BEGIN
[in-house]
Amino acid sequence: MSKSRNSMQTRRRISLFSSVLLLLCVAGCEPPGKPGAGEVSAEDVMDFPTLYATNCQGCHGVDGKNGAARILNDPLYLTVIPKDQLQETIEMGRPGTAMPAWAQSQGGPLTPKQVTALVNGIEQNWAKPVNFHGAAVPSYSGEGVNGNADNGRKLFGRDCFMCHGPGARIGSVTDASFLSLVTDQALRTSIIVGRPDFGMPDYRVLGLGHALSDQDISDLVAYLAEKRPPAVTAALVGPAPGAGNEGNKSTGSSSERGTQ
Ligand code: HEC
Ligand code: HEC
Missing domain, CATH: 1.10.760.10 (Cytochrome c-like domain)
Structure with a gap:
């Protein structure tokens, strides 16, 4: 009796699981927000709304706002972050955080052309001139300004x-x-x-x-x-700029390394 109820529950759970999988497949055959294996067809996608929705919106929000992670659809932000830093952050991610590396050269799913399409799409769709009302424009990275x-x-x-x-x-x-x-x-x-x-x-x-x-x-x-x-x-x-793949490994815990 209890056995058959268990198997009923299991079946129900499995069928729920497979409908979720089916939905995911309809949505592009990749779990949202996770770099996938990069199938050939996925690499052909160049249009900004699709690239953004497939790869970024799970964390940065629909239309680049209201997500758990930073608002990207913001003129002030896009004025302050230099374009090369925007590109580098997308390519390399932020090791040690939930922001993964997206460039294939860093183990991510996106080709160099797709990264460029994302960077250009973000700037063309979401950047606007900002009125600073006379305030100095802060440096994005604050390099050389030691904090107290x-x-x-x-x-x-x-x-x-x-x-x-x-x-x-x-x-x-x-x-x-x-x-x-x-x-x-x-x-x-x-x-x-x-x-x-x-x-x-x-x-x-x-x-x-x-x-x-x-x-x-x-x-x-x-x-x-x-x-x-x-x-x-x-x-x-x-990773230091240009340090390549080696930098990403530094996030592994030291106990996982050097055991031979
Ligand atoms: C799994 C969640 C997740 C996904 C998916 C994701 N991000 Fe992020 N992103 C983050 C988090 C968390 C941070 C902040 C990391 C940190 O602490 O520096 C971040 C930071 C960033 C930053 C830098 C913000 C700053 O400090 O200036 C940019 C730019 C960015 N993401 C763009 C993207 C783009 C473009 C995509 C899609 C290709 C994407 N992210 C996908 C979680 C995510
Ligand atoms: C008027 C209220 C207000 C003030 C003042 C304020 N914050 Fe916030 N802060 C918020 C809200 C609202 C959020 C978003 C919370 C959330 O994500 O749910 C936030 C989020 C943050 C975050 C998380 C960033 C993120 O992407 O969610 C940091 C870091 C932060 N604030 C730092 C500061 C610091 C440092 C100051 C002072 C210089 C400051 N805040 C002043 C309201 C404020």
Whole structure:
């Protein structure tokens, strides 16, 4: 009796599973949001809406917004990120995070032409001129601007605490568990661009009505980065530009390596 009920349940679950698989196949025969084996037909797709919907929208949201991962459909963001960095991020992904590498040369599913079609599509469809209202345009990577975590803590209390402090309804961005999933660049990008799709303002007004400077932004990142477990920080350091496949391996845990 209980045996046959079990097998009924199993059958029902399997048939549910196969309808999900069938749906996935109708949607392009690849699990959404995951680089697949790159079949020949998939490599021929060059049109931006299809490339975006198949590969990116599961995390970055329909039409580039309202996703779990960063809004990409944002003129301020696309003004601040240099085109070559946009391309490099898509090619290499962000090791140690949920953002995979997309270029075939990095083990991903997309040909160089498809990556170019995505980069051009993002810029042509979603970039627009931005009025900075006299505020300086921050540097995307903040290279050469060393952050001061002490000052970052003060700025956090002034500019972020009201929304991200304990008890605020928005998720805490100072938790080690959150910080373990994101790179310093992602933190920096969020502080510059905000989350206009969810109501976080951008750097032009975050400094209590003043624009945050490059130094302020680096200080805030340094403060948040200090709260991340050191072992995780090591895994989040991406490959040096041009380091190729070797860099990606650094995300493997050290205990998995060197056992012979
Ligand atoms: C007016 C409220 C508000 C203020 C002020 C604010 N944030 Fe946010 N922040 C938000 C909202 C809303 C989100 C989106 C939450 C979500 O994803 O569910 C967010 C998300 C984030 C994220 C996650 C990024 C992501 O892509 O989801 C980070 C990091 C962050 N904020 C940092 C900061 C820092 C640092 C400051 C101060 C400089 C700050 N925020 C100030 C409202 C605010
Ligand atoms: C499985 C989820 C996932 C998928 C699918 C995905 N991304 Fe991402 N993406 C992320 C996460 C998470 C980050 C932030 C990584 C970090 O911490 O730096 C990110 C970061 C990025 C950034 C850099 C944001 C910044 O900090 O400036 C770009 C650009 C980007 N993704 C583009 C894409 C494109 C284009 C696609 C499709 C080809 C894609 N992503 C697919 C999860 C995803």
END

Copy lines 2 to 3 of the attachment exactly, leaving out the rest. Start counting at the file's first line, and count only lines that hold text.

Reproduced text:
Amino acid sequence: MSKSRNSMQTRRRISLFSSVLLLLCVAGCEPPGKPGAGEVSAEDVMDFPTLYATNCQGCHGVDGKNGAARILNDPLYLTVIPKDQLQETIEMGRPGTAMPAWAQSQGGPLTPKQVTALVNGIEQNWAKPVNFHGAAVPSYSGEGVNGNADNGRKLFGRDCFMCHGPGARIGSVTDASFLSLVTDQALRTSIIVGRPDFGMPDYRVLGLGHALSDQDISDLVAYLAEKRPPAVTAALVGPAPGAGNEGNKSTGSSSERGTQ
Ligand code: HEC